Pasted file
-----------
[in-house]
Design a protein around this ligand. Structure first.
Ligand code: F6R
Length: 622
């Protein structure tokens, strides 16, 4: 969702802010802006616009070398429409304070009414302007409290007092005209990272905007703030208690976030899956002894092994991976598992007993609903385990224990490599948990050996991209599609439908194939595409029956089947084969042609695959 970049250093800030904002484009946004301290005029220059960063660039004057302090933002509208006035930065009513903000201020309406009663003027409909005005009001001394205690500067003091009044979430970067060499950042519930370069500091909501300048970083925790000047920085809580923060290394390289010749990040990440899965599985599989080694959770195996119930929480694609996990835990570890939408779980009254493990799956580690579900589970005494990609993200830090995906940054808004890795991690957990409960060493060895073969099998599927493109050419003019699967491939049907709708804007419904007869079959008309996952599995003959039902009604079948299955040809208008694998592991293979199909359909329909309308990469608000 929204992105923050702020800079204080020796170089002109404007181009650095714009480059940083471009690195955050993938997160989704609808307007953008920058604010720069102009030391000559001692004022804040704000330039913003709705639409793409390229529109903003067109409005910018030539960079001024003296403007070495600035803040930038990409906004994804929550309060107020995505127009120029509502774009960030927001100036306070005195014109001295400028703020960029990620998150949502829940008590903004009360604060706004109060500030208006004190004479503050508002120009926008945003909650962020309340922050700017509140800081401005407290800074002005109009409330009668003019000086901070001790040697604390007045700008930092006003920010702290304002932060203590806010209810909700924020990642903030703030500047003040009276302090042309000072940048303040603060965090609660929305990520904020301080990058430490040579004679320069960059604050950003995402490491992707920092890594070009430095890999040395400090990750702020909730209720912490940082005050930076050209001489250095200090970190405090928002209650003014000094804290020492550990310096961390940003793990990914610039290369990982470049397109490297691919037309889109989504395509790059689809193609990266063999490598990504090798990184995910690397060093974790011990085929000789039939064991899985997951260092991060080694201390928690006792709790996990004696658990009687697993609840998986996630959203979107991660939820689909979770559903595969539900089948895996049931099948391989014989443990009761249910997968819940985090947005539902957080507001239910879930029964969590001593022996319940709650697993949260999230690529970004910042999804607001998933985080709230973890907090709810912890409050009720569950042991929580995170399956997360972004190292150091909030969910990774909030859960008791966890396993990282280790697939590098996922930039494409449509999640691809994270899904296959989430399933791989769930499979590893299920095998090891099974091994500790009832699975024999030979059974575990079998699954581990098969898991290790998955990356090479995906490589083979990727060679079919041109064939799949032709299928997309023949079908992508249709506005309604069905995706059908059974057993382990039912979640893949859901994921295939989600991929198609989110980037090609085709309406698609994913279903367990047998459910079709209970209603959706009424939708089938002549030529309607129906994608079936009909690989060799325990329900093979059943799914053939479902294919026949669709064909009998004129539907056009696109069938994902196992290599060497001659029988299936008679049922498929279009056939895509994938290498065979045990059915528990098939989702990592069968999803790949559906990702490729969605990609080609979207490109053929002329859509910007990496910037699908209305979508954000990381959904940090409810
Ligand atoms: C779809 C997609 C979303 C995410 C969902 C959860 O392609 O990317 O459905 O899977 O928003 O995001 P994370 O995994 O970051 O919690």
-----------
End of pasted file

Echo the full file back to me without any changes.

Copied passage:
[in-house]
Design a protein around this ligand. Structure first.
Ligand code: F6R
Length: 622
């Protein structure tokens, strides 16, 4: 969702802010802006616009070398429409304070009414302007409290007092005209990272905007703030208690976030899956002894092994991976598992007993609903385990224990490599948990050996991209599609439908194939595409029956089947084969042609695959 970049250093800030904002484009946004301290005029220059960063660039004057302090933002509208006035930065009513903000201020309406009663003027409909005005009001001394205690500067003091009044979430970067060499950042519930370069500091909501300048970083925790000047920085809580923060290394390289010749990040990440899965599985599989080694959770195996119930929480694609996990835990570890939408779980009254493990799956580690579900589970005494990609993200830090995906940054808004890795991690957990409960060493060895073969099998599927493109050419003019699967491939049907709708804007419904007869079959008309996952599995003959039902009604079948299955040809208008694998592991293979199909359909329909309308990469608000 929204992105923050702020800079204080020796170089002109404007181009650095714009480059940083471009690195955050993938997160989704609808307007953008920058604010720069102009030391000559001692004022804040704000330039913003709705639409793409390229529109903003067109409005910018030539960079001024003296403007070495600035803040930038990409906004994804929550309060107020995505127009120029509502774009960030927001100036306070005195014109001295400028703020960029990620998150949502829940008590903004009360604060706004109060500030208006004190004479503050508002120009926008945003909650962020309340922050700017509140800081401005407290800074002005109009409330009668003019000086901070001790040697604390007045700008930092006003920010702290304002932060203590806010209810909700924020990642903030703030500047003040009276302090042309000072940048303040603060965090609660929305990520904020301080990058430490040579004679320069960059604050950003995402490491992707920092890594070009430095890999040395400090990750702020909730209720912490940082005050930076050209001489250095200090970190405090928002209650003014000094804290020492550990310096961390940003793990990914610039290369990982470049397109490297691919037309889109989504395509790059689809193609990266063999490598990504090798990184995910690397060093974790011990085929000789039939064991899985997951260092991060080694201390928690006792709790996990004696658990009687697993609840998986996630959203979107991660939820689909979770559903595969539900089948895996049931099948391989014989443990009761249910997968819940985090947005539902957080507001239910879930029964969590001593022996319940709650697993949260999230690529970004910042999804607001998933985080709230973890907090709810912890409050009720569950042991929580995170399956997360972004190292150091909030969910990774909030859960008791966890396993990282280790697939590098996922930039494409449509999640691809994270899904296959989430399933791989769930499979590893299920095998090891099974091994500790009832699975024999030979059974575990079998699954581990098969898991290790998955990356090479995906490589083979990727060679079919041109064939799949032709299928997309023949079908992508249709506005309604069905995706059908059974057993382990039912979640893949859901994921295939989600991929198609989110980037090609085709309406698609994913279903367990047998459910079709209970209603959706009424939708089938002549030529309607129906994608079936009909690989060799325990329900093979059943799914053939479902294919026949669709064909009998004129539907056009696109069938994902196992290599060497001659029988299936008679049922498929279009056939895509994938290498065979045990059915528990098939989702990592069968999803790949559906990702490729969605990609080609979207490109053929002329859509910007990496910037699908209305979508954000990381959904940090409810
Ligand atoms: C779809 C997609 C979303 C995410 C969902 C959860 O392609 O990317 O459905 O899977 O928003 O995001 P994370 O995994 O970051 O919690």